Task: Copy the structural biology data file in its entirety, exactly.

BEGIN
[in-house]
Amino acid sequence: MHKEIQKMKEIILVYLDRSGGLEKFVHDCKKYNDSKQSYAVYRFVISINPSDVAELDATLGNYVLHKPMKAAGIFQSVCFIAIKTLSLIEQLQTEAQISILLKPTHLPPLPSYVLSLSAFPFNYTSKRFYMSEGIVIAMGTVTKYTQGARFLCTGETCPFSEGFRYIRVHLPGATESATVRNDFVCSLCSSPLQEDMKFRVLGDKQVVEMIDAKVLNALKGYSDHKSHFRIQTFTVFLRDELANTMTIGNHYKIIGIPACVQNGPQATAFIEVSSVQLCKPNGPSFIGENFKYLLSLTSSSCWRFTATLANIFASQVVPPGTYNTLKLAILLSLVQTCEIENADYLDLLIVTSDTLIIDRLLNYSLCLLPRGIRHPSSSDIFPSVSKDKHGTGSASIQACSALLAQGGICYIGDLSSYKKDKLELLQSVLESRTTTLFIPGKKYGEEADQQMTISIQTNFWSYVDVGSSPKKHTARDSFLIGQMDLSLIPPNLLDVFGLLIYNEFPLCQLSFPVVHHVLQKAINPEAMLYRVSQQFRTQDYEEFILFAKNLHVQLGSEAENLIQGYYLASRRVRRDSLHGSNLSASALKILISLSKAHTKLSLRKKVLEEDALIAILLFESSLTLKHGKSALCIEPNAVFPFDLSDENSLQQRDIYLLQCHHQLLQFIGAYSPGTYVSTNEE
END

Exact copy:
[in-house]
Amino acid sequence: MHKEIQKMKEIILVYLDRSGGLEKFVHDCKKYNDSKQSYAVYRFVISINPSDVAELDATLGNYVLHKPMKAAGIFQSVCFIAIKTLSLIEQLQTEAQISILLKPTHLPPLPSYVLSLSAFPFNYTSKRFYMSEGIVIAMGTVTKYTQGARFLCTGETCPFSEGFRYIRVHLPGATESATVRNDFVCSLCSSPLQEDMKFRVLGDKQVVEMIDAKVLNALKGYSDHKSHFRIQTFTVFLRDELANTMTIGNHYKIIGIPACVQNGPQATAFIEVSSVQLCKPNGPSFIGENFKYLLSLTSSSCWRFTATLANIFASQVVPPGTYNTLKLAILLSLVQTCEIENADYLDLLIVTSDTLIIDRLLNYSLCLLPRGIRHPSSSDIFPSVSKDKHGTGSASIQACSALLAQGGICYIGDLSSYKKDKLELLQSVLESRTTTLFIPGKKYGEEADQQMTISIQTNFWSYVDVGSSPKKHTARDSFLIGQMDLSLIPPNLLDVFGLLIYNEFPLCQLSFPVVHHVLQKAINPEAMLYRVSQQFRTQDYEEFILFAKNLHVQLGSEAENLIQGYYLASRRVRRDSLHGSNLSASALKILISLSKAHTKLSLRKKVLEEDALIAILLFESSLTLKHGKSALCIEPNAVFPFDLSDENSLQQRDIYLLQCHHQLLQFIGAYSPGTYVSTNEE